Vegan Diet

Veganism is gaining ground as a diet that is not only ethically sound and just as tasty as any other diet, but because it might have important implications in cancer study and prevention.

Does going on a vegan diet reduce your risk for cancer?

Let’s examine this question scientifically.

Veganism is said by its proponents to have a host of positive health effects, such as

  • Reduced weight
  • Improved blood sugar
  • Improved heart health
  • Protection against Type II diabetes

Cancer is a family of diseases that can form anywhere in the body, caused by genetic mutations. Cancers can be especially devious as they can be confused with lesser, more benign health conditions, causing cancer mediclaims to be more exhaustive in their terms, as anyone seeking mediclaim for cancer patients in India will know.

However, palliative care is available for cancers, as everyone engaged in a cancer insurance will be familiar with, and the factors that can increase an individual’s chance of getting cancer are well-known.

While veganism is touted as an incomplete diet because of its lack of critical B vitamins that are only found in animal products, as long as supplementation can be had, the disadvantages of not consuming animal products can theoretically be offset. Those who have a cancer policy should educate themselves if veganism can be considered a preventative tool in their battle against illness.

Animal products which are lacking in vegan diets do contain nutrition that is not found elsewhere, but it is important to note that consumption of all animal products come with their own consequences as well.

A mediclaim policy for cancer patient can help those at risk for cancer, with a variety of economical mediclaim for cancer patients options available.


Milk, cheeses, yogurt, and other dairy foods are fantastic sources of calcium and vitamin D and other nutrition.

People eating limited quantities of healthy fats are known to achieve better weight loss, better satiety and maintain an otherwise overall positive nutritional diet. Especially for those who don’t eat veggies.

However, the fat and cholesterol contained in dairy, when taken in excess, can result in a host of health problems. Dairy consumption in particular is linked with increased risk of prostate cancer, lung cancer, and breast cancer.

Cholesterol and fat are also linked with heart care.

Consuming only a moderate amount of dairy in a diet, in a balanced diet of carbs, fats, and protein, will offer a nutrient-rich diet where the cancer rates reduce with each serving of dairy removed.

Industrialization is the first time people have had such abundant access to dairy, and unchecked consumption is known to cause problems, problems which comprehensive plans, such as cancer mediclaim is designed to help individuals in their battle against cancer.


Meat is widely loved and offers a large amount of protein. It is enjoyed all over the world in tons of different cultures with dishes that go back to millenia.

While some might argue that meat has been part of man’s diet for ages, science has indeed found increased carcinogenicity with increased meat consumption.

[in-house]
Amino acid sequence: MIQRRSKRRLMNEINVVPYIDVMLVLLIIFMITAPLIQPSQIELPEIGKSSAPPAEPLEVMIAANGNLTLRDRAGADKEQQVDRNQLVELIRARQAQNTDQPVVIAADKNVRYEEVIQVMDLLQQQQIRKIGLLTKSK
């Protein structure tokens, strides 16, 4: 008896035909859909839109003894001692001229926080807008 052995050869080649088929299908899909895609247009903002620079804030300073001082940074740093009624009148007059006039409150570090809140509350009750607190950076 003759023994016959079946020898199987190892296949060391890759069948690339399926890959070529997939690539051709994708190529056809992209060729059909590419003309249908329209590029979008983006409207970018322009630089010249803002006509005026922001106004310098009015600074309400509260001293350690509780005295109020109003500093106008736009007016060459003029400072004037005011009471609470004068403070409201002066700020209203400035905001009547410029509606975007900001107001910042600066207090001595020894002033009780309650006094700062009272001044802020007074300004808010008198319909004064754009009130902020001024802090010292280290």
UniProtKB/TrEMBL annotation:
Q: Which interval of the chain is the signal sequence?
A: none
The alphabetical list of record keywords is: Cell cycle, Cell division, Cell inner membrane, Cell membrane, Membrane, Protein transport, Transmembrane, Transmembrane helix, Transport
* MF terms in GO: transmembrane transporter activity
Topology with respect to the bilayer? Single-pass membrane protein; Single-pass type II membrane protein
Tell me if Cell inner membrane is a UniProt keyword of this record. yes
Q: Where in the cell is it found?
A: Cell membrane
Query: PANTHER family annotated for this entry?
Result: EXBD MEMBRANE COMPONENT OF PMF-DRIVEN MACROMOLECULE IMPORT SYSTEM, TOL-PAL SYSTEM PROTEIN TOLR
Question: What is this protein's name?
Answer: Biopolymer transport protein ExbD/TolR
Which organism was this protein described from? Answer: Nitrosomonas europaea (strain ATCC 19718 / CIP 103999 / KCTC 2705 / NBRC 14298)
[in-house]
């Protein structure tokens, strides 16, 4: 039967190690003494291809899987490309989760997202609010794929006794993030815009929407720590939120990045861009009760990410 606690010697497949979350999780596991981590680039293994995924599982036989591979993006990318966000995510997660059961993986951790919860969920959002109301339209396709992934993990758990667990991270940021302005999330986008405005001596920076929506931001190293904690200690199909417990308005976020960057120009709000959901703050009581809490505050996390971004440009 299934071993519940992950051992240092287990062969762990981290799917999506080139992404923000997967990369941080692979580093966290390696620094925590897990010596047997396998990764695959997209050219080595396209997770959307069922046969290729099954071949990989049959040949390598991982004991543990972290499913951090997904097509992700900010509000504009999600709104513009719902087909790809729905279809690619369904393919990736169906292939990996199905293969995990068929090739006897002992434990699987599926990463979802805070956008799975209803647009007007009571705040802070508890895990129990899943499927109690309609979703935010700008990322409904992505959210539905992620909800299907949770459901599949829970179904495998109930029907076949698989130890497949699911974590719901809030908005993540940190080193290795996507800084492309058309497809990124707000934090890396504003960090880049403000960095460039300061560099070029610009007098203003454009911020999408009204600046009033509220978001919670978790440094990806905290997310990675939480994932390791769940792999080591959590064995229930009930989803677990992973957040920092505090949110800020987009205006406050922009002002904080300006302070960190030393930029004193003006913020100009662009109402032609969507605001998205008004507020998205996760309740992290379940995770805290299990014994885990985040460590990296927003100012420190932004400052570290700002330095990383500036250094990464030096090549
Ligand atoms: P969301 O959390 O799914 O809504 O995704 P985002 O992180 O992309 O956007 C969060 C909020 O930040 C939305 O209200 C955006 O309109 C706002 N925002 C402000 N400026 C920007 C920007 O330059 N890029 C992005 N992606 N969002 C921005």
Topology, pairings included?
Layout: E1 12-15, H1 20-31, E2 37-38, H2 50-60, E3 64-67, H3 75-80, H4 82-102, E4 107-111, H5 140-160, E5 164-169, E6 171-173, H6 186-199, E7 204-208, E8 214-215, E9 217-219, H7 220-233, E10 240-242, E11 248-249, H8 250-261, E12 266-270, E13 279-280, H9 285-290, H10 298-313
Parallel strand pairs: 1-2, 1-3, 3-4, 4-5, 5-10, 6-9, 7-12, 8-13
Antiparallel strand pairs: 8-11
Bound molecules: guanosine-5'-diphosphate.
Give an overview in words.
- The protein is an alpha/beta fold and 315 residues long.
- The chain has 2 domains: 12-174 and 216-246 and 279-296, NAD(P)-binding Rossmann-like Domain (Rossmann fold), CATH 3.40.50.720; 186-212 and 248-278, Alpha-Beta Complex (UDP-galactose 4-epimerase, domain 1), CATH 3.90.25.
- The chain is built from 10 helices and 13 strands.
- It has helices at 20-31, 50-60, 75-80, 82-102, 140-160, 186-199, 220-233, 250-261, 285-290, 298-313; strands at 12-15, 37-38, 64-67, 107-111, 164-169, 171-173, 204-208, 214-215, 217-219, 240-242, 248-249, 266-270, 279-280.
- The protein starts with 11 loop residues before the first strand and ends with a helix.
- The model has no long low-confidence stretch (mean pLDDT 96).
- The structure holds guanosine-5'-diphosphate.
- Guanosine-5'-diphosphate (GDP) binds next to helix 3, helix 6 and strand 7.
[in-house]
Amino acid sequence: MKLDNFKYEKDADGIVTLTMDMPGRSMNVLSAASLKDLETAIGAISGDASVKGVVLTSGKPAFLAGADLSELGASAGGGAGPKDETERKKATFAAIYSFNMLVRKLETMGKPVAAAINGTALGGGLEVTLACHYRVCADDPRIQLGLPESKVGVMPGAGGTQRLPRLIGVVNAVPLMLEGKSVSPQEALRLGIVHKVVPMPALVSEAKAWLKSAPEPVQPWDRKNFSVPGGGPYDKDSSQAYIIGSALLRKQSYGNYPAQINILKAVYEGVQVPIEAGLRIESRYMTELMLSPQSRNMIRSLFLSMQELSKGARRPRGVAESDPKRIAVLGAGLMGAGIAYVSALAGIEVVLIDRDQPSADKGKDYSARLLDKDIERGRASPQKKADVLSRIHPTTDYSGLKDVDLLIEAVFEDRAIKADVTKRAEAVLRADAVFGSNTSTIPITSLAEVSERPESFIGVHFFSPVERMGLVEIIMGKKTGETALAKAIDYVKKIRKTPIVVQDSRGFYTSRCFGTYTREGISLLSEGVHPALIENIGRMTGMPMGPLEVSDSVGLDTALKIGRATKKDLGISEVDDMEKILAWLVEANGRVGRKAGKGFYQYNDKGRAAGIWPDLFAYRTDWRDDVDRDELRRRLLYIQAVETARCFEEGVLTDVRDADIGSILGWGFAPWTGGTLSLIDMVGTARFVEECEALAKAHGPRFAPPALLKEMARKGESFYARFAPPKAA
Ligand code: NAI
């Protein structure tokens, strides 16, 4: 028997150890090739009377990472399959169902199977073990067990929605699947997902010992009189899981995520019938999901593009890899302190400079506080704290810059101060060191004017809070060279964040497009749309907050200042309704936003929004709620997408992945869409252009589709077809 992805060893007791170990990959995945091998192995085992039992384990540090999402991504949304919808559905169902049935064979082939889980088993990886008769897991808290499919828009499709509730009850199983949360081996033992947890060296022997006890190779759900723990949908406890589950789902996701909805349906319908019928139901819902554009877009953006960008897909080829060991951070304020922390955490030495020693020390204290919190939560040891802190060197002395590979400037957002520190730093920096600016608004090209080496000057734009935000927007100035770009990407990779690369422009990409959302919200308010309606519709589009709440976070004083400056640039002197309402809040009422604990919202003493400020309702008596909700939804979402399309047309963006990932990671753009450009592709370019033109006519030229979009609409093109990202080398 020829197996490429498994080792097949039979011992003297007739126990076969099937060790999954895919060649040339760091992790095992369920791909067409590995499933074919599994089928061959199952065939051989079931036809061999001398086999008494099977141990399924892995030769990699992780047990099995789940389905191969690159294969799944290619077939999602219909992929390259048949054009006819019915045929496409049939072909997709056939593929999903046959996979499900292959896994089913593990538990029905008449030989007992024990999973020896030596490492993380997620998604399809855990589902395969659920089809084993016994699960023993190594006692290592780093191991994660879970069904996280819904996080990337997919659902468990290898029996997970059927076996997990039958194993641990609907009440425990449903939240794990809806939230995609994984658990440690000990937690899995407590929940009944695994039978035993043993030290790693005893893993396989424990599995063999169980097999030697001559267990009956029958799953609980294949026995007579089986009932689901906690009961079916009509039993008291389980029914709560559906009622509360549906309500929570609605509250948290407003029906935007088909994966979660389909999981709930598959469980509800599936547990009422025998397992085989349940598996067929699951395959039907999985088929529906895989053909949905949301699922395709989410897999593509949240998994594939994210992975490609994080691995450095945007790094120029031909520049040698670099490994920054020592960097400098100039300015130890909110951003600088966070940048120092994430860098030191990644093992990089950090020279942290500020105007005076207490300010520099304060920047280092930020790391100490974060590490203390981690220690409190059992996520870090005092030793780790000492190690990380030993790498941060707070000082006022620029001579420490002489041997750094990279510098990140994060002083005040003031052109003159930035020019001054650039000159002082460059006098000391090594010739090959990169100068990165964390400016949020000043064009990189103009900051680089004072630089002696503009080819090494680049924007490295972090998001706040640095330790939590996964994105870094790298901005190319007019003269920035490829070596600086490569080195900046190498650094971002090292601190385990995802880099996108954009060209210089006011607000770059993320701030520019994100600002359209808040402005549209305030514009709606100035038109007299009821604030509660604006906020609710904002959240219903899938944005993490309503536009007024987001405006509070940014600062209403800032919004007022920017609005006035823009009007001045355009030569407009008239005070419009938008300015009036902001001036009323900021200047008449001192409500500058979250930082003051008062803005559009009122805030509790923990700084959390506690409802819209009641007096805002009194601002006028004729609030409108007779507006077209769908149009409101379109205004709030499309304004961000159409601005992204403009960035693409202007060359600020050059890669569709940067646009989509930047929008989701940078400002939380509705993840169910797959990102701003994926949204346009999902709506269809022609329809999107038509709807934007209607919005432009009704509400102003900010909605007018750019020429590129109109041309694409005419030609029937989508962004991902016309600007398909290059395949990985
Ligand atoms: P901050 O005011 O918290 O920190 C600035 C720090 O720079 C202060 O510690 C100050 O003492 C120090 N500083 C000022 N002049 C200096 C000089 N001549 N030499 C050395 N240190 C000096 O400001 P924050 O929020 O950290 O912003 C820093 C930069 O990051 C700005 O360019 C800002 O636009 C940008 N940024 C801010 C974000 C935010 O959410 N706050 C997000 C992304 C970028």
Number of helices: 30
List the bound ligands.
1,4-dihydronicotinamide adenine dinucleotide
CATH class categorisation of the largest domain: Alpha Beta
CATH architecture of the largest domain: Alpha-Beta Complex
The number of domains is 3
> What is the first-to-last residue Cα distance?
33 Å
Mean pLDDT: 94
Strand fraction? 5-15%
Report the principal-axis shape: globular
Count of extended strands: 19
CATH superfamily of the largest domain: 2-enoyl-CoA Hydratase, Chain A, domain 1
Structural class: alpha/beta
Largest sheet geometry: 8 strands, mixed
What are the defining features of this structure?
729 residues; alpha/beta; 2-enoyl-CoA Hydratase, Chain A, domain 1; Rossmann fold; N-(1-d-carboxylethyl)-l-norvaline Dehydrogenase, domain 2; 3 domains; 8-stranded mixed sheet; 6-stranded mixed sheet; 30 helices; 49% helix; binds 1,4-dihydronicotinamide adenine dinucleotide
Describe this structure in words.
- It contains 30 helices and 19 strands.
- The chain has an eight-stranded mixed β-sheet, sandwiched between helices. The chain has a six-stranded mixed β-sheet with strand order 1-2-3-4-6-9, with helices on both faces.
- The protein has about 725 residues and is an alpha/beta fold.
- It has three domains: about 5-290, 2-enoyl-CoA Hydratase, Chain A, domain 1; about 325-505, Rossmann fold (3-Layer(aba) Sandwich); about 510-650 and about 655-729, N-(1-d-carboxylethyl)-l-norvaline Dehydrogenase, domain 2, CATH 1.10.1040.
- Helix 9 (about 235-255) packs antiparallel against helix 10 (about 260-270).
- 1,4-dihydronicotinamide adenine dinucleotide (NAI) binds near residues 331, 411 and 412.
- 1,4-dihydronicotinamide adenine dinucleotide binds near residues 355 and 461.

Healthy meats, like fishes and lean chicken are recommended, and all red meats are known to cause relatively significant increases in cancer rates. These facts are reflected in all mediclaim for cancer treatment, as they take into consideration such factors.

Science recommends meat consumption be limited to 2-3 times a week, to minimize its negative consequences while attaining the precious nutrition that is difficult indeed to find in vegetable foods.

The history of man does have a long history of meat consumption, but nowhere has it been more abundant with industrialization and sedentary lives compounding the issue.


The human race is more in number than ever before. Markets designed to cater to human diets breed, house, and process meats in conditions most people would never allow their pets to be exposed to in a million years.

The consumption of meat is at an all-time high, and with its high significance in global warming and climate change, there is ethical and moral grounds to go vegan as well.

However, do all these facts point us towards veganism causing less cancer?

The bottom line

There is a severe lack of long term studies showing veganism conclusively reducing cancer rates.

However, mainstream science already notes that animal product consumption, along with dairy, are well known to cause reduced lifespans and have increased carcinogenic effects. This is the reason why the food pyramid appears as it does, with the FDA only recommending a limited amount of dairy and animals products, with most of the pyramid made up of vegetable calories.

Veganism should theoretically reduce cancer rates, given that dairy and meats do indeed increase cancer rates, but it remains only theoretical for now.

Nonetheless, veganism is a fascinating dietary program for those who do wish to experiment to reduce their cancer rates, live longer without the health issues caused by animal foods, and for those who morally oppose bad business practices in the food industry.

If the consumption of meat also contributes to global warming and climate change, it may be important now more than ever, to seriously consider veganism as not just a less fattening, potentially healthier diet, but also a more morally conscious dietary plan that can make improvement in the world climate — and all of us can benefit from reducing the burden placed on Mother Earth and enjoy health benefits at the same time.